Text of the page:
of pregnancies are aborted
Roma live in the Nadejda ghetto
migrants and refugees are present in Bulgaria
In Bulgaria, where the mortality rate of women in labour and the rate of abortion are twice as high as in the rest of Europe (almost one third of pregnancies are aborted in Bulgaria), the most marginalised groups are the most at risk.
«The abortion rate is twice as high as in the rest of Europe.»
In Sliven, in the Nadejda ghetto, access to care is particularly difficult for the marginalised Roma who live in conditions of extreme hardship. 77% of them are not covered by social security. In 2014, the hospital at Sliven dealt with 185 girls between the ages of 12 and 17 years old who were giving birth. And although abortion is legal in Bulgaria, it is still expensive and therefore, just like contraception, it is out of reach for the vast majority of those living in Nadejda.
Bulgaria has not been spared from the current migrant crisis in Europe and faces significant numbers of asylum seekers. They have grown in number from 800 to over 5,500 between the summer and winter of 2016. They face violent reactions, with civil society taking a very negative view of their presence in Bulgaria. Upon arrival, the migrants are accommodated in one of the country’s six reception and registration centres, (RRC), in overcrowded, unhealthy conditions with poor standards of hygiene. The very limited number of doctors present greatly reduces access to care.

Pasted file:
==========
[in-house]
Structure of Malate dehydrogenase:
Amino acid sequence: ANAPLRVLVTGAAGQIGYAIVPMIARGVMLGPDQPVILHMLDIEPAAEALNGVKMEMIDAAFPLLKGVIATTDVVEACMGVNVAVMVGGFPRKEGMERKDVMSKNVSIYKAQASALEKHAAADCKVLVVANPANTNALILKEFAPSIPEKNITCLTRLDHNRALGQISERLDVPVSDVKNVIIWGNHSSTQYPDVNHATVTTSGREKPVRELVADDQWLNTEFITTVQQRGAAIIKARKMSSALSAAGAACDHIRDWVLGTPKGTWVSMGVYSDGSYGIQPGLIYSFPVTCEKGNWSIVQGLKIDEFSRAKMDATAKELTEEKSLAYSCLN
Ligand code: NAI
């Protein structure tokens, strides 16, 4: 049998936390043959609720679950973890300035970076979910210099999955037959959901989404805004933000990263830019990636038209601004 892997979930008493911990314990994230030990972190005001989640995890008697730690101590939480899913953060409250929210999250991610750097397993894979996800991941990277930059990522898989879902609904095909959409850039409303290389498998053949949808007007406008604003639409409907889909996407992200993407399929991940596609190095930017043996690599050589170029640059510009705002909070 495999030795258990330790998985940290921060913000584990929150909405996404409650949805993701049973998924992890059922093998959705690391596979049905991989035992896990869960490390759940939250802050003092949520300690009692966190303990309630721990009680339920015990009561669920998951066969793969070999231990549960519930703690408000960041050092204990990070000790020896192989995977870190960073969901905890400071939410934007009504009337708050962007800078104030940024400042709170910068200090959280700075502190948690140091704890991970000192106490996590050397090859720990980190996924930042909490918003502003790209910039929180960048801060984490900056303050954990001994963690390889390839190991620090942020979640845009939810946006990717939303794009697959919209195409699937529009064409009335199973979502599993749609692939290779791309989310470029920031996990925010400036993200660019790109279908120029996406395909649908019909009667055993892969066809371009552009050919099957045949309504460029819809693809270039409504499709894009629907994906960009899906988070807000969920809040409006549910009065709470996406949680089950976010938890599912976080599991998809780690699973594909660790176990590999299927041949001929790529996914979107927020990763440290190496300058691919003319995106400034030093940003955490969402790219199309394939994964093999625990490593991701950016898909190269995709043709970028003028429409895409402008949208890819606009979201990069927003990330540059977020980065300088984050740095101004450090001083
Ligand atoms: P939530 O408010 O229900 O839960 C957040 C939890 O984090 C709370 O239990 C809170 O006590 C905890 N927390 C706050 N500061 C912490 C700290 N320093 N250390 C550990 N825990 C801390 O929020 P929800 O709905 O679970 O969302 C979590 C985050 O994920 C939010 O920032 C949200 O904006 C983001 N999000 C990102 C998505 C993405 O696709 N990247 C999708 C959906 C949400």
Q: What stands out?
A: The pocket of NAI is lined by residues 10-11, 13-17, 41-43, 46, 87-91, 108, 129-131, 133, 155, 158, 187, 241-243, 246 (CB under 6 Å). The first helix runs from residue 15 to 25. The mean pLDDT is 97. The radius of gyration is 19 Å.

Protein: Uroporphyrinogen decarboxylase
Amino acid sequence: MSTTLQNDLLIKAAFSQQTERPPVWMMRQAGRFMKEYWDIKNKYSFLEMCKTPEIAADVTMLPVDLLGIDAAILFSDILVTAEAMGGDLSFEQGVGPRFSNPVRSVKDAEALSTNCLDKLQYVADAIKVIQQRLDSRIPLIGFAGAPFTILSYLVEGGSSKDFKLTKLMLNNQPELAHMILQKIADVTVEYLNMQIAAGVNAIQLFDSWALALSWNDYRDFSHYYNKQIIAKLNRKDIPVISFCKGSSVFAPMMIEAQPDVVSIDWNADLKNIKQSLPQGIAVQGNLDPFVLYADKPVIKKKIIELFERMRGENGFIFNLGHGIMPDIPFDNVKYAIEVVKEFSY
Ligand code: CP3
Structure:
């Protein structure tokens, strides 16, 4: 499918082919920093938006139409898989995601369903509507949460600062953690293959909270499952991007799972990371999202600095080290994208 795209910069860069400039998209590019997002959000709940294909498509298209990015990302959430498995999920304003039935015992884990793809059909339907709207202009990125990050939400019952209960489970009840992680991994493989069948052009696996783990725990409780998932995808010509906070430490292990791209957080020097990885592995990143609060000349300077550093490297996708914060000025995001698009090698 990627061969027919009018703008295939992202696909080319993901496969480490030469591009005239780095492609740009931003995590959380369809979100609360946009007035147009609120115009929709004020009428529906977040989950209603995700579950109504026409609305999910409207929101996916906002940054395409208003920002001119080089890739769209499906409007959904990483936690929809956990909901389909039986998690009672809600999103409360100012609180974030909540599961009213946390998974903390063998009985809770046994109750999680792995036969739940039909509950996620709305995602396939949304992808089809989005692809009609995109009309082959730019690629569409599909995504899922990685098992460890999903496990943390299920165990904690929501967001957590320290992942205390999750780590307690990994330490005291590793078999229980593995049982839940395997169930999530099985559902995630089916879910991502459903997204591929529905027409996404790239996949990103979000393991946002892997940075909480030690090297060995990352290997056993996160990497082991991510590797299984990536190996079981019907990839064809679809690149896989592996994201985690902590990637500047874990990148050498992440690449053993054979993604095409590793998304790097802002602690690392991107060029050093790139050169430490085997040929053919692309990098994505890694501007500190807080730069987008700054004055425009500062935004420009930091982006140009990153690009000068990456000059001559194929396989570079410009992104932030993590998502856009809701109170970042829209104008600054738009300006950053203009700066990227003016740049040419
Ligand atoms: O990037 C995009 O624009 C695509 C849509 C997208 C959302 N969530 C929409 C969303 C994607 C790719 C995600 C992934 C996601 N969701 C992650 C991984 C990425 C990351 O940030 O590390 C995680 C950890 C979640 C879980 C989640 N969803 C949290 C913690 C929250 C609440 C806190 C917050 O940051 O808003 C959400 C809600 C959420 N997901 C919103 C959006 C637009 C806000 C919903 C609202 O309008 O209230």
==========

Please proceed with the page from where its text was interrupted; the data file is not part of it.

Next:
Since the start of 2004, Doctors of the World has managed an information and advice centre on sexual and reproductive health in the ghetto. The residents are educated as to the importance of family planning and informed of their rights to public health services. They can also find modern contraceptives free of charge (IUDs, the pill, condoms). They also deal with getting families to leave the ghetto and go into town for gynaecological consultations and family planning. Residents of other poor villages in the vicinity can also visit this centre and obtain advice and support.
Doctors of the World has launched a project to help migrants in Bulgaria. Three mobile medical teams were set up to provide an immediate response to the current increase in medical need. They come to the assistance of the doctors already working in the reception and registration centres, to improve the quality of primary healthcare, referencing and access to treatment. Particular attention is paid to the protection of unaccompanied minors and a hygiene and sanitation component, to complete the care offering.
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